Conclusion Top


Within the limits of this clinical study, it may be concluded that the ingredients in the herbal oral rinse were effective in controlling plaque and gingivitis. Furthermore, it may serve as a natural antimicrobial mouthrinse alternative for patients who wish to avoid alcohol, artificial preservatives and artificial flavors and colors. Further, clinical and invitro studies are required to clarify and broaden our understanding of the role of this herbal mouthwash in periodontal disease.

 
   References Top

1.Kumar P, Ansari SH, Ali J. Herbal remedies for the treatment of periodontal disease: A patent review. Recent Pat Drug Deliv Formul 2009;3:221-8.  Back to cited text no. 1
    
2.Rao NJ, Subhas KR, Kumar KS. Role of Phytotherapy in gingivitis; a review. J Pharmacol 2012;8:1-5.  Back to cited text no. 2
    
3.Yates R, Shearer BH, Huntington E, Addy M. A method to compare four mouthrinses: Time to gingivitis level as the primary outcome variable. J Clin Periodontol 2002;29:519-23.  Back to cited text no. 3
    
4.Addy M, Moran JM. Evaluation of oral hygiene products: Science is true; don't be misled by the facts. Periodontol 2000 1997;15:40-51.  Back to cited text no. 4
    
5.Loe H, Theilade E, Jensen SB. Experimental gingivitis in man. J Periodontol 1965;36:177-87.  Back to cited text no. 5
    
6.Page RC. Gingivitis. J Clin Periodontol 1986;13:345-59.  Back to cited text no. 6
    
7.Dalirsani Z, Aghazedeh M, Adibpour M, Amirchaghamaghi M, Pakfetrat A, Mosannen P, et al. In vitro comparison of the antimicrobial activity often herbal extracts against streptococcus mutans with chlorhexidine. J Appl Sci 2011;11:878-82.  Back to cited text no. 7
    
8.Anupama D, Anil M, Surangama D. A clinical trial to evaluate the effect of triphala as a mouthwash in comparison with chlorhexidine in chronic generalized periodontitis patient. Indian J Dent Adv 2010;2:243-7.  Back to cited text no. 8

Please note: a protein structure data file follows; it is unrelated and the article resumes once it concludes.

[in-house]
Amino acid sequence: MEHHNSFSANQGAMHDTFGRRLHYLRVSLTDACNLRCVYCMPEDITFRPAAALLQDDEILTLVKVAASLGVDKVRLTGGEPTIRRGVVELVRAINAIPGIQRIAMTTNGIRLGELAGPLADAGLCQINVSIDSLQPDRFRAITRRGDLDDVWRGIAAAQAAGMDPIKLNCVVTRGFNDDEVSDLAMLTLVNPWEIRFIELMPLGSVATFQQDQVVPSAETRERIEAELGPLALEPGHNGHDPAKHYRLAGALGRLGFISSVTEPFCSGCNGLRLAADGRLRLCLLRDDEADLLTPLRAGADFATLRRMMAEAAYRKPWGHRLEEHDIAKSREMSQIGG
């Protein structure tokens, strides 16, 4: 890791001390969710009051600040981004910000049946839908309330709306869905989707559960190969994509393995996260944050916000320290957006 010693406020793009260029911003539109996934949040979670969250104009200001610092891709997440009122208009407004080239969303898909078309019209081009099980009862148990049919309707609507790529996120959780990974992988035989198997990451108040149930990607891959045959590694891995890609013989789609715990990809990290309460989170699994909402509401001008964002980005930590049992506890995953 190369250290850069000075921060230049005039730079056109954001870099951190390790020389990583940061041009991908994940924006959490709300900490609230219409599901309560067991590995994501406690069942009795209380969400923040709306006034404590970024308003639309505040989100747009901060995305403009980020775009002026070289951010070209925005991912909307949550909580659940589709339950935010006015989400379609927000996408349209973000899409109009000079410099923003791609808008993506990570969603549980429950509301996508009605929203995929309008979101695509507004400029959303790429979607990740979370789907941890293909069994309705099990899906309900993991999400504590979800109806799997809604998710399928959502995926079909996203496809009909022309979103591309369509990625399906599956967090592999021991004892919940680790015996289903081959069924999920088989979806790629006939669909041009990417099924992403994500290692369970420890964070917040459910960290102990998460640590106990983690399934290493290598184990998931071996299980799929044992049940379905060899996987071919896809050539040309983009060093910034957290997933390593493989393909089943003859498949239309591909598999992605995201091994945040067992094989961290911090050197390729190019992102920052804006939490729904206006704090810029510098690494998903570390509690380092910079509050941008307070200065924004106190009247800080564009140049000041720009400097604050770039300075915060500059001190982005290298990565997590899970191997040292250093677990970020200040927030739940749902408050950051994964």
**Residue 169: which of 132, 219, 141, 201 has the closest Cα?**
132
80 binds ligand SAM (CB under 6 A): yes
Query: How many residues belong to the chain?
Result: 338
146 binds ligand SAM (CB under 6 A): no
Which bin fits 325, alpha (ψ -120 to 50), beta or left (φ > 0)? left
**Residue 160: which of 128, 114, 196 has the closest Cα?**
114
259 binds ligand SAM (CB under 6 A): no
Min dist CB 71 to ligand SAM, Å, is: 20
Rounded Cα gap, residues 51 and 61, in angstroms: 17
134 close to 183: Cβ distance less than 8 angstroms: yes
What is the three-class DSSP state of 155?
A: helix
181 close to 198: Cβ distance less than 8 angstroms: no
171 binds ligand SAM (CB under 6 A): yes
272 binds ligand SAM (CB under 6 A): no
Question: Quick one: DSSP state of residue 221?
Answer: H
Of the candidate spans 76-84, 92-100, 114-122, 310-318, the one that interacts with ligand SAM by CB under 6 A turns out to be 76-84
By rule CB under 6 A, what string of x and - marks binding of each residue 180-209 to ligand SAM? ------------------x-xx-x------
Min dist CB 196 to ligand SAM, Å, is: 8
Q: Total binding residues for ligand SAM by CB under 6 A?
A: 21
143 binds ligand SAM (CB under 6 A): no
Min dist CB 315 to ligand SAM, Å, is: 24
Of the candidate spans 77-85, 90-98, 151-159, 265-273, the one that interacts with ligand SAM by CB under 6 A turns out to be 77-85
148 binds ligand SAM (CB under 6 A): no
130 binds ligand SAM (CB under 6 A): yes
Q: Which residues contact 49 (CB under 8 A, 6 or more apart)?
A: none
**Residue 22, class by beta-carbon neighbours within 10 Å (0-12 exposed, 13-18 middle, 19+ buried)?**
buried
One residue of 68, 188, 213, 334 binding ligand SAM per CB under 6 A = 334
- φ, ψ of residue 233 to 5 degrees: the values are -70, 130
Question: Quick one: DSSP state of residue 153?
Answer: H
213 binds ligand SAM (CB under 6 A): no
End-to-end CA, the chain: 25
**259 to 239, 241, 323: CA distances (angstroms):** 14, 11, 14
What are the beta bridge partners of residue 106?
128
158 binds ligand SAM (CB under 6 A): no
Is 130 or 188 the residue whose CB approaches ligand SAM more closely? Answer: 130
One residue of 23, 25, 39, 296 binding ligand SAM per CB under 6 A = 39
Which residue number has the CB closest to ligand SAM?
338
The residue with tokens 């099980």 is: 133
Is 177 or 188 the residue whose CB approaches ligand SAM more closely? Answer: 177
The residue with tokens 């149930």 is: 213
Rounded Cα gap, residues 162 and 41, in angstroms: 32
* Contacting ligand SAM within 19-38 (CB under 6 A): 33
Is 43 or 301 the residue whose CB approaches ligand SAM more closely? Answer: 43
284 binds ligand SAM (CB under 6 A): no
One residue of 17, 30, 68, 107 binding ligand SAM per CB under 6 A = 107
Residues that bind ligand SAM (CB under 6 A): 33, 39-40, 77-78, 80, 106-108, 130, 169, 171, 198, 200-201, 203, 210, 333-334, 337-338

9.Dr. Ripudaman Signh. herb-bibhitaka-terminalia belerica. Available from: http://www.google.com. [Last accessed on 2012 Jun 19].  Back to cited text no. 9
    
10.Nagori K, Singh MK, Alexander A, Kumar T, Dewangan D, Badwaik H, Tripathi D. K. L. Piperbetle L: A review on its ethnobotany, phytochemistry, pharmacological profile and profiling by new hyphenated technique DART-MS (direct analysis in real time mass spectrometry). J Pharm Res 2011;4:2991-7.  Back to cited text no. 10
    
11.Tiwari S, Sarkar B, Dubey G, Jain A. Comparative evaluation of in vitro free radical scavenging activity of different extract of Salvadora persical. Asian J Pharm Life Sci 2011;1:133-6.  Back to cited text no. 11
    
12.Peppermint from Wikipedia, the free encyclopedia. Available from: http://www.google.com. [Last accessed on 2012 Sep 22].  Back to cited text no. 12
    
13.ELA (Elettaria Cardamomum). Herbal cure India world premerier health information site. Available from: http://www.google.com. [Last accessed on 2012 Jun 19].  Back to cited text no. 13
    
14.Waghmare PF, Chaudhari AU, Karhadkar VM, Jamkhande AS. Comparative evaluation of turmeric and chlorhexidine gluconate mouthwash in prevention of plaque formation and gingivitis: A clinical and microbiological study. J Contemp Dent Pract 2011;12:221-4.  Back to cited text no. 14
    
15.Chatterjee A, Saluja M, Singh N, Kandwal A. To evaluate the antigingivitis and antipalque effect of an Azadirachtaindica (neem) mouth rinse on plaque induced gingivitis: Adouble-blind, randomized, controlled trial. J Indian Soc Periodontol 2011;15:398-401.  Back to cited text no. 15
[PUBMED]  Medknow Journal  
16.Fardal O, Turnbull RS. A review of the literature on use of chlorhexidine in dentistry. J Am Dent Assoc 1986;112:863-9.  Back to cited text no. 16
    


    Figures

  [Figure 1], [Figure 2], [Figure 3], [Figure 4]
 
 
    Tables

  [Table 1], [Table 2], [Table 3], [Table 4], [Table 5]